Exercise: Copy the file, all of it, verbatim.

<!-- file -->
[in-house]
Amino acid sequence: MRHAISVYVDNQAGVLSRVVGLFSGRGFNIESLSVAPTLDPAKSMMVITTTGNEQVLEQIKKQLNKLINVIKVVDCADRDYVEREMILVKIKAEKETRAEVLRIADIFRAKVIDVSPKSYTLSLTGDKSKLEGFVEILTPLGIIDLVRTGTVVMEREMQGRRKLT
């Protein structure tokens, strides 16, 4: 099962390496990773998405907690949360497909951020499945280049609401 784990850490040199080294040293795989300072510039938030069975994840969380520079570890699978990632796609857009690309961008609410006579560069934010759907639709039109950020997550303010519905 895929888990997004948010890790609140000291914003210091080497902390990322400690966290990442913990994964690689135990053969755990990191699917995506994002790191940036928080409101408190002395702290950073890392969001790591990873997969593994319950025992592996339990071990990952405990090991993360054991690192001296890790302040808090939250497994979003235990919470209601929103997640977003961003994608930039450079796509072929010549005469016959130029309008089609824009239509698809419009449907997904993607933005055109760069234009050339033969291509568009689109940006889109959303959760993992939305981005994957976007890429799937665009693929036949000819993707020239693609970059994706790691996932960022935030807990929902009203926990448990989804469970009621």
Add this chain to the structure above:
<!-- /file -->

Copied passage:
[in-house]
Amino acid sequence: MRHAISVYVDNQAGVLSRVVGLFSGRGFNIESLSVAPTLDPAKSMMVITTTGNEQVLEQIKKQLNKLINVIKVVDCADRDYVEREMILVKIKAEKETRAEVLRIADIFRAKVIDVSPKSYTLSLTGDKSKLEGFVEILTPLGIIDLVRTGTVVMEREMQGRRKLT
């Protein structure tokens, strides 16, 4: 099962390496990773998405907690949360497909951020499945280049609401 784990850490040199080294040293795989300072510039938030069975994840969380520079570890699978990632796609857009690309961008609410006579560069934010759907639709039109950020997550303010519905 895929888990997004948010890790609140000291914003210091080497902390990322400690966290990442913990994964690689135990053969755990990191699917995506994002790191940036928080409101408190002395702290950073890392969001790591990873997969593994319950025992592996339990071990990952405990090991993360054991690192001296890790302040808090939250497994979003235990919470209601929103997640977003961003994608930039450079796509072929010549005469016959130029309008089609824009239509698809419009449907997904993607933005055109760069234009050339033969291509568009689109940006889109959303959760993992939305981005994957976007890429799937665009693929036949000819993707020239693609970059994706790691996932960022935030807990929902009203926990448990989804469970009621």
Add this chain to the structure above: